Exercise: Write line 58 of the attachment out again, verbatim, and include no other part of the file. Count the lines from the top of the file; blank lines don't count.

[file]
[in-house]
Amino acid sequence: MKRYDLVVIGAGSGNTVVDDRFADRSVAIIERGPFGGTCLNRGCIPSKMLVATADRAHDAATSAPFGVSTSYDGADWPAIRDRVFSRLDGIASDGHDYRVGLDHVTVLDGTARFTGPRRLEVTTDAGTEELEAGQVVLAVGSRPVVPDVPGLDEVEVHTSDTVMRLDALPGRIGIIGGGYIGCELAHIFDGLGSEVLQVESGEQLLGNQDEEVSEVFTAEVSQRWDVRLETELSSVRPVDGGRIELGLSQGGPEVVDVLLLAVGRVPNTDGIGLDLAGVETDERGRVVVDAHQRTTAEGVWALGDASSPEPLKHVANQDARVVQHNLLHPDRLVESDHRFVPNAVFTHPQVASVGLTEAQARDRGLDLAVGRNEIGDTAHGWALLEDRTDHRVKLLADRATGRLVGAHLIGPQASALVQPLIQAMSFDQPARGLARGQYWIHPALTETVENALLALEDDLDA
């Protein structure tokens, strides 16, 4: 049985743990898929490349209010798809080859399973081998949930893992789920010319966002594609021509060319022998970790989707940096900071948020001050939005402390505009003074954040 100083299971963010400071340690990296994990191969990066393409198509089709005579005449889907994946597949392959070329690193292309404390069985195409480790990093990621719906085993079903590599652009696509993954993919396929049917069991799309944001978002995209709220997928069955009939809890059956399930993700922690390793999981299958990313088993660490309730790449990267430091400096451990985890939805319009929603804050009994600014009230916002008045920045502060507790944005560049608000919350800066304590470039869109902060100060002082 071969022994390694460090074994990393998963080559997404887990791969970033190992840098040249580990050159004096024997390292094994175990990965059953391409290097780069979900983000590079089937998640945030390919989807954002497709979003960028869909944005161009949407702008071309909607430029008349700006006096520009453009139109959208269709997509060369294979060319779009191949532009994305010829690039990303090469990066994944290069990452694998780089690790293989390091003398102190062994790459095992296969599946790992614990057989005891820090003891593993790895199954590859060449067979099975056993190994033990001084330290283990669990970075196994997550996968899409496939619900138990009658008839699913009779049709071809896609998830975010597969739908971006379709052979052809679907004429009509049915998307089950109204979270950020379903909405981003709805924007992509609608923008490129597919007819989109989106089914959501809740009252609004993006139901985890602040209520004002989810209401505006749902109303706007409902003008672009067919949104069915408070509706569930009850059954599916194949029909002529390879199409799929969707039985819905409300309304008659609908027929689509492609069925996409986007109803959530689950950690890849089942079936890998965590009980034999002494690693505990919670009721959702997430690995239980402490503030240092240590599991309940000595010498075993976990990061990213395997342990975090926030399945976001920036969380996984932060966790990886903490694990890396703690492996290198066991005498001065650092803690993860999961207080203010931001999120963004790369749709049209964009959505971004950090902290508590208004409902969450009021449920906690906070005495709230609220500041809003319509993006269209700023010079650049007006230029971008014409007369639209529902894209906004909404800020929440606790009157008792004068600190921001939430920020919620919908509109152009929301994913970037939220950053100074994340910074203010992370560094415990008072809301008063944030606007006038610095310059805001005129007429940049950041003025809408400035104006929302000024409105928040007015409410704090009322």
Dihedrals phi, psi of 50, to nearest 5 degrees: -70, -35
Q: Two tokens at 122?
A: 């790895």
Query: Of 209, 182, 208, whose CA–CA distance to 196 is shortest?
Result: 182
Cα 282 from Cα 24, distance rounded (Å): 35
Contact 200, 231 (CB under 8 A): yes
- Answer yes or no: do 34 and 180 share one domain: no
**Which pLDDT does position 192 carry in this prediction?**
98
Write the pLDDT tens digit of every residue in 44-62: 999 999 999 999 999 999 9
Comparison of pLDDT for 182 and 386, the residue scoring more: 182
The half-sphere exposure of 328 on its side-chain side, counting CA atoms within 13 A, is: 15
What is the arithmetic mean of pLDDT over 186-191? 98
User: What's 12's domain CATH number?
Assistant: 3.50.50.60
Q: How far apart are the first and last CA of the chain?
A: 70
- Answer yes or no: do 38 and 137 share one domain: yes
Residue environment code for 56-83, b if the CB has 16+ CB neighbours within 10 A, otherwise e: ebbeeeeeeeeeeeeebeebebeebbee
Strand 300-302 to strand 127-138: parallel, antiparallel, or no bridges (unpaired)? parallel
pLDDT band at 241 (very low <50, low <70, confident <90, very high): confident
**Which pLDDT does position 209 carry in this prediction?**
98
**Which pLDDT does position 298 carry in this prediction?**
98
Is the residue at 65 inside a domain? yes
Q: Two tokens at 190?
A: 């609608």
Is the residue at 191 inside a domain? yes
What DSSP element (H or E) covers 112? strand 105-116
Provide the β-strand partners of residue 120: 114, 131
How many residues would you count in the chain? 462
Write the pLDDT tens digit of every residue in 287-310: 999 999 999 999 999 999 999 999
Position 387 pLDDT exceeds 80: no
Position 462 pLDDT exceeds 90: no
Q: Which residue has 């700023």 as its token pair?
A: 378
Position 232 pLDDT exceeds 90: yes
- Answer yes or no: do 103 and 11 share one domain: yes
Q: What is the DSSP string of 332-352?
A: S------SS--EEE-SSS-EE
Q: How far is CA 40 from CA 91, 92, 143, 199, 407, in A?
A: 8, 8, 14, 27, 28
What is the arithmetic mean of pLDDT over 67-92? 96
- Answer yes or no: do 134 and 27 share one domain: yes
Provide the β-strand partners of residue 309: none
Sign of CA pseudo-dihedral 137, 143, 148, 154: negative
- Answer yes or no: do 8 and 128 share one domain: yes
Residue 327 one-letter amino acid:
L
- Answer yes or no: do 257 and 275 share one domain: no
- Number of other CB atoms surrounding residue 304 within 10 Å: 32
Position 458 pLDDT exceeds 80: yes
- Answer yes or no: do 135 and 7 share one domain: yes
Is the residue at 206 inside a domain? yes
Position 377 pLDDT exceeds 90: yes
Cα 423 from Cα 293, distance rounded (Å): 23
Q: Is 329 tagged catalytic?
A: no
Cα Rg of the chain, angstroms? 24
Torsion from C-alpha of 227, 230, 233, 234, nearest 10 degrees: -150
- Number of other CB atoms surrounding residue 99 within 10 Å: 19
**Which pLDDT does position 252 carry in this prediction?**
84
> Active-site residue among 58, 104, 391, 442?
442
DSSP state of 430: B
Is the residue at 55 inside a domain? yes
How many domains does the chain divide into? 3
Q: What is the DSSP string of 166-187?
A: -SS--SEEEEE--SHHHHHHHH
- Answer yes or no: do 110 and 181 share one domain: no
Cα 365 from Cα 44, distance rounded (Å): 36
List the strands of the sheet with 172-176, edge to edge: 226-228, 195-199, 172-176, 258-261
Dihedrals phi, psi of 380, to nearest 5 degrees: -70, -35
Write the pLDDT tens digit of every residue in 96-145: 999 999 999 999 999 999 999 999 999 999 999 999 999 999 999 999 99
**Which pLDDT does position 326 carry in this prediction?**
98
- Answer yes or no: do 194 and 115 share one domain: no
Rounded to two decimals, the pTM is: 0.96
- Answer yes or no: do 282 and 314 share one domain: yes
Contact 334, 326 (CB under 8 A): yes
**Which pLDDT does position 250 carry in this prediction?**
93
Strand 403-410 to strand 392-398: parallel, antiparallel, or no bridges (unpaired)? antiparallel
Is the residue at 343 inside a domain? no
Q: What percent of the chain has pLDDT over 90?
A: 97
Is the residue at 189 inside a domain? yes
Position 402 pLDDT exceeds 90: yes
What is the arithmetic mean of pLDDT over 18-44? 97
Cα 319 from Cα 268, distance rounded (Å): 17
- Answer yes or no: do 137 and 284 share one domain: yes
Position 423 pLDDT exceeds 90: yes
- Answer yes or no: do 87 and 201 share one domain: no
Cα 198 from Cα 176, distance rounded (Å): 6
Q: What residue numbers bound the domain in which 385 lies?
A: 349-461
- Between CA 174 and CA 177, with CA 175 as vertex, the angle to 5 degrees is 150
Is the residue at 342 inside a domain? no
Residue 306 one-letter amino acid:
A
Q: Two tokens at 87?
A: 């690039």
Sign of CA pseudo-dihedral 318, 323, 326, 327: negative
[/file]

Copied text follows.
- Answer yes or no: do 135 and 7 share one domain: yes